This can be caused by an increase in blow flow toward your pelvic organs (and uterus) and away from the rest of your body. Fatigue is also caused by an increase in the hormone progesterone. This feeling of exhaustion allows you to rest and conserve energy for the start of pregnancy.
That does not mean you need to slow down your lifestyle. It just means you should be aware that falling asleep at 9pm or taking an unexpected midday nap could just be another one of the signs of pregnancy.
#9 Mood swings
Mood swings can be a sign that your monthly period is coming or it could be an early sign of pregnancy. Fluctuating levels of estrogen and progesterone cause mood swings in pregnancy and with your period. These mood swings are most common in early pregnancy, peaking between 6 and 8 weeks. Mood swings can result in episodes of crying, anger and extreme happiness.
When I hear a woman is suffering from headaches my first instinct is to encourage her to hydrate. A large portion of headaches are caused or exacerbated by dehydration. But if you have rehydrated and you are still experiencing headaches it is possibly a sign that you may be pregnant.
The exact cause of headaches isn’t so straightforward. It is likely the result of a mixture of factors. These factors include a change in hormone levels, an increase in blood volume and a complication of dehydration. Vomiting in early pregnancy can lead to dehydration which can exacerbate headaches. Additionally, many women stop caffeine around this time and experience withdrawal headaches.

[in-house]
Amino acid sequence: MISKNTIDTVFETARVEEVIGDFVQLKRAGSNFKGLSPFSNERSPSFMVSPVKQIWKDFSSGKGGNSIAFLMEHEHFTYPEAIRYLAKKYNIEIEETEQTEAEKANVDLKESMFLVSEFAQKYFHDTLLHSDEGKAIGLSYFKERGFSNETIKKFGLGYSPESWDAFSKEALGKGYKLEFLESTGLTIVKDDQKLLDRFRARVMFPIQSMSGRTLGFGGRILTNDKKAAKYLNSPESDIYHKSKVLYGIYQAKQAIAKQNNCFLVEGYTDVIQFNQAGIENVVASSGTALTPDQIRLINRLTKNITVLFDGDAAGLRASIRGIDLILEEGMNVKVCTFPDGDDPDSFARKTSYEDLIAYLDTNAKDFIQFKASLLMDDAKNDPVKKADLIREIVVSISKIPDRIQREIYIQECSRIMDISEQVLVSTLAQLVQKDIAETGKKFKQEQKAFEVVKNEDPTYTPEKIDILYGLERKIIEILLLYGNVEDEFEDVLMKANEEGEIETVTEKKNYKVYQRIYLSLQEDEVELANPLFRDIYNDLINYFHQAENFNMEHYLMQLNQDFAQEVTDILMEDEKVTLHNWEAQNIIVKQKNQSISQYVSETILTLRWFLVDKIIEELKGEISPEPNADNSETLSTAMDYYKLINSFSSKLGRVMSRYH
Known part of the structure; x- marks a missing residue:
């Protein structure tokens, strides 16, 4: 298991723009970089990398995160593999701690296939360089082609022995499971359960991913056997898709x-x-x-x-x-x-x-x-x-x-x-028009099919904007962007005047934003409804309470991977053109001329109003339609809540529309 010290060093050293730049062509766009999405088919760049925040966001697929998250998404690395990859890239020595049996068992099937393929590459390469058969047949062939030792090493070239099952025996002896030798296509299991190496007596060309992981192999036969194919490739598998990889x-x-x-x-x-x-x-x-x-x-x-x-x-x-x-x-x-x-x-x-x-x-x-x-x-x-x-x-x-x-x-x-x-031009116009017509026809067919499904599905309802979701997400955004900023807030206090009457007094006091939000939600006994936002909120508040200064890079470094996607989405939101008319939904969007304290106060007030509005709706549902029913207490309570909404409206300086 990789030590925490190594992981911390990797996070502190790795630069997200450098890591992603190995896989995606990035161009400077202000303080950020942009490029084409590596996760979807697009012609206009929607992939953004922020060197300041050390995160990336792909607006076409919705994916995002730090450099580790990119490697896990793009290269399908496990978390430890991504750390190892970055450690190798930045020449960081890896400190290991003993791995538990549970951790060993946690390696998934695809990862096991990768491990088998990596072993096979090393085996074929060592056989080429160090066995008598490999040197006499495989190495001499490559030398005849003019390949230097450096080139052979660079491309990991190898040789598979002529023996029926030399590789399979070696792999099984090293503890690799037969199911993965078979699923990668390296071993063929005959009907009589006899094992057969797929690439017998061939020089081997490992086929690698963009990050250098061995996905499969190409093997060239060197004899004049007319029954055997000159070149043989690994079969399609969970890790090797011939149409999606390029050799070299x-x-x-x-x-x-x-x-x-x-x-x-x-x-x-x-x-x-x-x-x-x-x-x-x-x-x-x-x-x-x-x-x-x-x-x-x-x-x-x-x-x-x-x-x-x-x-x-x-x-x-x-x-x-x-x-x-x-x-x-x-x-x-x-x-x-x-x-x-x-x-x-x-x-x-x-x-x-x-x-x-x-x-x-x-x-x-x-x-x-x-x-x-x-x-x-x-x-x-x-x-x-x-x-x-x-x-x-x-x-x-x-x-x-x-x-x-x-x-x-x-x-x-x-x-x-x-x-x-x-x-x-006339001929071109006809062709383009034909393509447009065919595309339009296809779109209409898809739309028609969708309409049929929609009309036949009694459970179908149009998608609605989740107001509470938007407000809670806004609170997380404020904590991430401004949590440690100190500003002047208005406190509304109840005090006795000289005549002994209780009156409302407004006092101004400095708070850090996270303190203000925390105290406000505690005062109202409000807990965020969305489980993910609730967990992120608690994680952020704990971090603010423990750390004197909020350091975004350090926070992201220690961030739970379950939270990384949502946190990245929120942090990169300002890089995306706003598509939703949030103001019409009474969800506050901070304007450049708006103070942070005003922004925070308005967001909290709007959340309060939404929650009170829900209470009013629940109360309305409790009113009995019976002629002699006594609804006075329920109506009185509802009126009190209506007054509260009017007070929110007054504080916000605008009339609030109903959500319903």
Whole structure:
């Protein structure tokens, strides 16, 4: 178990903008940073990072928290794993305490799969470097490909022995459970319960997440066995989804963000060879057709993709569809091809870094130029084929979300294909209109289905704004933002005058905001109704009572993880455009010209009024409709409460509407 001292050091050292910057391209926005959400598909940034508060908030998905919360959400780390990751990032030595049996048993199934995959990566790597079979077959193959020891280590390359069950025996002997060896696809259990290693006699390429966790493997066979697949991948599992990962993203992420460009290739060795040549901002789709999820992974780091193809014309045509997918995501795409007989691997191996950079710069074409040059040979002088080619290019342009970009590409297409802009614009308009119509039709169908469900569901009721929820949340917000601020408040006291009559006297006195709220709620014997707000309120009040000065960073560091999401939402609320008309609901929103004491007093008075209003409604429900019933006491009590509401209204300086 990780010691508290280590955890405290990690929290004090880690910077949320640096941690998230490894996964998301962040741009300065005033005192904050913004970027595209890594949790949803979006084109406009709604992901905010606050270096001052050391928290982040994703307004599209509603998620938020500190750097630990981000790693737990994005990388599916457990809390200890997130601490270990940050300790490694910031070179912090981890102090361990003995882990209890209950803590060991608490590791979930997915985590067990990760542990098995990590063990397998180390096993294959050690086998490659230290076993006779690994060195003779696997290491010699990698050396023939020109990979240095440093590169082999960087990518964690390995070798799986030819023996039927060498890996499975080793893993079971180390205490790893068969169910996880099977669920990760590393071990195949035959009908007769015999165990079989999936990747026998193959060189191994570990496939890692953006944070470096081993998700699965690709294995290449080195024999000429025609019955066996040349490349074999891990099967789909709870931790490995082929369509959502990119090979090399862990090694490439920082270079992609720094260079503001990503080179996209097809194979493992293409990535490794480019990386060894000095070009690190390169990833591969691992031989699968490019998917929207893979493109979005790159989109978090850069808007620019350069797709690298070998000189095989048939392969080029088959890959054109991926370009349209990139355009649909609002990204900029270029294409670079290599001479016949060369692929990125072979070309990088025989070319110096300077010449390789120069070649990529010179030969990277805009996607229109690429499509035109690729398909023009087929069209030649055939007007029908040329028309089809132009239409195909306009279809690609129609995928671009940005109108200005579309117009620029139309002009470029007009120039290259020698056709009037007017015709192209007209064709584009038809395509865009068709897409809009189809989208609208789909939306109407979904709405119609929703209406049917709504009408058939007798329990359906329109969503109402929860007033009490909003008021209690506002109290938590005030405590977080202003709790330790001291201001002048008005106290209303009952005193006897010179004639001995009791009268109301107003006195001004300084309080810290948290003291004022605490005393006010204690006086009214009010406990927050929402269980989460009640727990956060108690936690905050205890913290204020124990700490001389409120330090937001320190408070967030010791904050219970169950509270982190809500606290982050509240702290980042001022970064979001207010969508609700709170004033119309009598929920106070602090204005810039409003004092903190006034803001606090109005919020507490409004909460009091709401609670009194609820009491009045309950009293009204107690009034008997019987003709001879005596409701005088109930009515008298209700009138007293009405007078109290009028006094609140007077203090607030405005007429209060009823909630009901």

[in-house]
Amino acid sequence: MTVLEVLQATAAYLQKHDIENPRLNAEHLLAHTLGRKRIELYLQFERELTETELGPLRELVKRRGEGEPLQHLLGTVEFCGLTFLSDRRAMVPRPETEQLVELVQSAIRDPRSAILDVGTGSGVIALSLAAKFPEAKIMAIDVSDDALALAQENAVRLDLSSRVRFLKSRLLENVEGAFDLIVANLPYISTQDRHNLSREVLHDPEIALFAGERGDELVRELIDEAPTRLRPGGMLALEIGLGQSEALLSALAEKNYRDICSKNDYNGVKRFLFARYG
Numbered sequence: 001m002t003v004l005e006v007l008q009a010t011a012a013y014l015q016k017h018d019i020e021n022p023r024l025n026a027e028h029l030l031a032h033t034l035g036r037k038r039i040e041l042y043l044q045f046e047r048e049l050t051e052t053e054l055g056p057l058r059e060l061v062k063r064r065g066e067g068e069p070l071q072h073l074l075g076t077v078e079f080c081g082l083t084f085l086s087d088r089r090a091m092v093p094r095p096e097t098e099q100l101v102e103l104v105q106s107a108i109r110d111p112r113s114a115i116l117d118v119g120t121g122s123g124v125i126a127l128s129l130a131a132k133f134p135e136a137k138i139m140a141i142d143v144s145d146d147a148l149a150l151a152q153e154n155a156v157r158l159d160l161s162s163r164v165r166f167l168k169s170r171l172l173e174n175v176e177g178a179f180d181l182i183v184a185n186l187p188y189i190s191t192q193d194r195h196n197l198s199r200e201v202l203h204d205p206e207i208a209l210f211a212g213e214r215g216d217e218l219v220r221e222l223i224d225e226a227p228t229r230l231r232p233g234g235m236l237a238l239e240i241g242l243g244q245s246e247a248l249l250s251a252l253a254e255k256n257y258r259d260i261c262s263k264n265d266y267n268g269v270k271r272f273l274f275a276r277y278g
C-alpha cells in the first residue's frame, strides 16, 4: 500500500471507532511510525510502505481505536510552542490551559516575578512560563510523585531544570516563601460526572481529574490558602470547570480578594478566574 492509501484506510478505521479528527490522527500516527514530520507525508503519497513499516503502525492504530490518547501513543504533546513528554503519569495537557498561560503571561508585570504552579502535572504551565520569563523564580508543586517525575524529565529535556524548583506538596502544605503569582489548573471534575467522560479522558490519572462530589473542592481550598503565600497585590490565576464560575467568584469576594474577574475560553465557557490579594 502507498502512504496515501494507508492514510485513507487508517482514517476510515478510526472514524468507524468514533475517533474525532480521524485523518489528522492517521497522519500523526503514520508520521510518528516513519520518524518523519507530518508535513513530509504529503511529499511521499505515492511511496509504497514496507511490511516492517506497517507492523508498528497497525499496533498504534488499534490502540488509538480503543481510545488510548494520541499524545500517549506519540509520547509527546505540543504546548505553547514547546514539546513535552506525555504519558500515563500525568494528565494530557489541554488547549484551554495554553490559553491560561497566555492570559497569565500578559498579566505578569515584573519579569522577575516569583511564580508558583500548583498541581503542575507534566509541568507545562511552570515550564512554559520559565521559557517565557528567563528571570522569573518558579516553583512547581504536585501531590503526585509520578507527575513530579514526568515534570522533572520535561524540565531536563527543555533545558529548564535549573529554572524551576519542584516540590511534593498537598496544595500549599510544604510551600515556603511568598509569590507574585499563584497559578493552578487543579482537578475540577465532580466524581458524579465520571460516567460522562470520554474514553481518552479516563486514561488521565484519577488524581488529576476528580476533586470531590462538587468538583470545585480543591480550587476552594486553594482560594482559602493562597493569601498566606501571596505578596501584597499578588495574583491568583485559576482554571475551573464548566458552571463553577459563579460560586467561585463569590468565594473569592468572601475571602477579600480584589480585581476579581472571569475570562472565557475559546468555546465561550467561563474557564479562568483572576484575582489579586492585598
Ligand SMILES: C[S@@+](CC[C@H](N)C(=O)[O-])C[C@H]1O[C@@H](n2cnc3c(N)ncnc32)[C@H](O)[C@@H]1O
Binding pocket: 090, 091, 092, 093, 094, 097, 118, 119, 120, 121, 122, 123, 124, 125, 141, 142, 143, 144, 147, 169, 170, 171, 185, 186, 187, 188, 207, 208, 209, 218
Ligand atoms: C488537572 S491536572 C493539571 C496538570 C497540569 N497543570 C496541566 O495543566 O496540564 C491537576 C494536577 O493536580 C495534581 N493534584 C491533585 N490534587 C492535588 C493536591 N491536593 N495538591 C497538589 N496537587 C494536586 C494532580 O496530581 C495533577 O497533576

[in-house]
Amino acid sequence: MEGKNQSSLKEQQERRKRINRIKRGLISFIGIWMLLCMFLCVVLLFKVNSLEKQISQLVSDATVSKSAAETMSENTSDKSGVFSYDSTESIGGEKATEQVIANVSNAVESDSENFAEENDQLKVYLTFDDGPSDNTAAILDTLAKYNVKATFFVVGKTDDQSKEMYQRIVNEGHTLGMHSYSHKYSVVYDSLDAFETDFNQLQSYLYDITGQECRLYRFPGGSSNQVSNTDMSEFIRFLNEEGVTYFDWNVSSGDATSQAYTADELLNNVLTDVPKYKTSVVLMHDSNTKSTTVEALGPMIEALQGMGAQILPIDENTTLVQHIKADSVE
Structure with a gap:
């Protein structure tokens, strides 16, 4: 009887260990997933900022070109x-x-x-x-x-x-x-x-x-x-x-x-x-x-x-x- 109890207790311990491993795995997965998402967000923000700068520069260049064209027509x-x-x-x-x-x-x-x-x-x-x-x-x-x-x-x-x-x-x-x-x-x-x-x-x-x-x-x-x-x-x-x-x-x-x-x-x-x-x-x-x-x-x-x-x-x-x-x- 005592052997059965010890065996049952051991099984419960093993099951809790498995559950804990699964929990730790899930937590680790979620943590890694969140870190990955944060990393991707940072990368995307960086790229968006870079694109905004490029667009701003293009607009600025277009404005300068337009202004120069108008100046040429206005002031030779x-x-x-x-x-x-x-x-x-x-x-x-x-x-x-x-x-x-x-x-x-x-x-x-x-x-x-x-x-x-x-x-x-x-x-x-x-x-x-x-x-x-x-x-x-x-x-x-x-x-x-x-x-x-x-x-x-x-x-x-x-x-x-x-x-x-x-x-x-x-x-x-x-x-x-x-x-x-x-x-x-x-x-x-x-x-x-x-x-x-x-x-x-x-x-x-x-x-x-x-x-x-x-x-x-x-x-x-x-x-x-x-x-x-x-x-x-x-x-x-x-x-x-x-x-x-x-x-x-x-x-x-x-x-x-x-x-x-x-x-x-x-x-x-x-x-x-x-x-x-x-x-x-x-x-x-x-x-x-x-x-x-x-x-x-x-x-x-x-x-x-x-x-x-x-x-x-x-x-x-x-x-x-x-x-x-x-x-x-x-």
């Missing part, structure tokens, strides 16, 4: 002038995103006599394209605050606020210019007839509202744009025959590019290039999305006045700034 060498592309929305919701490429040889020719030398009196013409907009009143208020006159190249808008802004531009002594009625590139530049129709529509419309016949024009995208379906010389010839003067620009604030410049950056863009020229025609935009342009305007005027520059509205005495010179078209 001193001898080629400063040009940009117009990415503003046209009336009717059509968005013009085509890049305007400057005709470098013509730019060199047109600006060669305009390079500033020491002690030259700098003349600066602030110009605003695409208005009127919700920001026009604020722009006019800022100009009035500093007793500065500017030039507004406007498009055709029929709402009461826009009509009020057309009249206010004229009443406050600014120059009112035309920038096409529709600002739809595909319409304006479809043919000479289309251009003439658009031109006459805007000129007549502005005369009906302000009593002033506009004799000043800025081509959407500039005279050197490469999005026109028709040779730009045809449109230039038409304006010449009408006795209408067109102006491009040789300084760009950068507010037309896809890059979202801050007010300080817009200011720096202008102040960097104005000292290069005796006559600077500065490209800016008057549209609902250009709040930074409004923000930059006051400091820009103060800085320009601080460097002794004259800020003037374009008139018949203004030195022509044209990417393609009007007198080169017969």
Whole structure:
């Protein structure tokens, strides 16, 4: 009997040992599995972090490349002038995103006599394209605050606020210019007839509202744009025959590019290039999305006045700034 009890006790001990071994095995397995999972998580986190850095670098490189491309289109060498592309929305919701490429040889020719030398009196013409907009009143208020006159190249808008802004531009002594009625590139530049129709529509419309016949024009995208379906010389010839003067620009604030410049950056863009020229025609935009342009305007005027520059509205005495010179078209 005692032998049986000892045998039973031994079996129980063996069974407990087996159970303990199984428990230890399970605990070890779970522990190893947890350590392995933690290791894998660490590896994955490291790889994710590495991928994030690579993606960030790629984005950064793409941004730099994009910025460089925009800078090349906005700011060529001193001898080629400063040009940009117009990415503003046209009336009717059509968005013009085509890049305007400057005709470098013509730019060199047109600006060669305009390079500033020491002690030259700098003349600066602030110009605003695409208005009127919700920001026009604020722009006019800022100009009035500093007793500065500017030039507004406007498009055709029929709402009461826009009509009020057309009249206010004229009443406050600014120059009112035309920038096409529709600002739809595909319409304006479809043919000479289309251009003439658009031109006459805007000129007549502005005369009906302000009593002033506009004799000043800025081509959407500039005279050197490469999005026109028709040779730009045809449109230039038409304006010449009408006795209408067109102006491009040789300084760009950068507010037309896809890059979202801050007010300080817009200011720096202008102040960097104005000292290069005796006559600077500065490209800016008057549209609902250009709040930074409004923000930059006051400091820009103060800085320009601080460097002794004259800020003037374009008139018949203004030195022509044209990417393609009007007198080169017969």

No matter the cause of the headache is it important to be aware of the risks of treatments. My first line treatment is always hydration. Drink lots of water. If water does not resolve your headache try hot and cold compresses. Try to avoid taking ibuprofen or Tylenol as these medications are associated with risks in pregnancy. It is safer to drink a small amount of caffeine to see if caffeine will help alleviate your headache. If you have recurrent debilitating headaches (or migraines) you should see your doctor.